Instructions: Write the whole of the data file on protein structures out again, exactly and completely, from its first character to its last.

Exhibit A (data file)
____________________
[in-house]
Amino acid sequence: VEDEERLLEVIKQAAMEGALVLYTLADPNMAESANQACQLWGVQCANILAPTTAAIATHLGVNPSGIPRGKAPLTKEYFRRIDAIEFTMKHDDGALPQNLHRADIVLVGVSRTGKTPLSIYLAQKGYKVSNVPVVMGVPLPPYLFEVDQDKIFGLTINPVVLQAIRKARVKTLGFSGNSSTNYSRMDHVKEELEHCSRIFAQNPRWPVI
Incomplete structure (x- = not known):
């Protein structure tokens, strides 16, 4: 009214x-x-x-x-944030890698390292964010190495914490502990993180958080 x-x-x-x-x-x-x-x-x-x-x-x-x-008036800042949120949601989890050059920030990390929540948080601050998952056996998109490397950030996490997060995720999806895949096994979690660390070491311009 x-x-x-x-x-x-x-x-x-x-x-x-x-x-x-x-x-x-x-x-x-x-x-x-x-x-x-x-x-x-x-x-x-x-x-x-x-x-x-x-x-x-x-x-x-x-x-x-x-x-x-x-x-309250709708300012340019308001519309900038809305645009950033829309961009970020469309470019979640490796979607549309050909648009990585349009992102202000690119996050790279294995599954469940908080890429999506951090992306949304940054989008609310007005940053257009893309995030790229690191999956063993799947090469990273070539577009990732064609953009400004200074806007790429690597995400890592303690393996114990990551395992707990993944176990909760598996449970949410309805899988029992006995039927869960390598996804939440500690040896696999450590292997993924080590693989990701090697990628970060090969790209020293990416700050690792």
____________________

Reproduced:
[in-house]
Amino acid sequence: VEDEERLLEVIKQAAMEGALVLYTLADPNMAESANQACQLWGVQCANILAPTTAAIATHLGVNPSGIPRGKAPLTKEYFRRIDAIEFTMKHDDGALPQNLHRADIVLVGVSRTGKTPLSIYLAQKGYKVSNVPVVMGVPLPPYLFEVDQDKIFGLTINPVVLQAIRKARVKTLGFSGNSSTNYSRMDHVKEELEHCSRIFAQNPRWPVI
Incomplete structure (x- = not known):
């Protein structure tokens, strides 16, 4: 009214x-x-x-x-944030890698390292964010190495914490502990993180958080 x-x-x-x-x-x-x-x-x-x-x-x-x-008036800042949120949601989890050059920030990390929540948080601050998952056996998109490397950030996490997060995720999806895949096994979690660390070491311009 x-x-x-x-x-x-x-x-x-x-x-x-x-x-x-x-x-x-x-x-x-x-x-x-x-x-x-x-x-x-x-x-x-x-x-x-x-x-x-x-x-x-x-x-x-x-x-x-x-x-x-x-x-309250709708300012340019308001519309900038809305645009950033829309961009970020469309470019979640490796979607549309050909648009990585349009992102202000690119996050790279294995599954469940908080890429999506951090992306949304940054989008609310007005940053257009893309995030790229690191999956063993799947090469990273070539577009990732064609953009400004200074806007790429690597995400890592303690393996114990990551395992707990993944176990909760598996449970949410309805899988029992006995039927869960390598996804939440500690040896696999450590292997993924080590693989990701090697990628970060090969790209020293990416700050690792």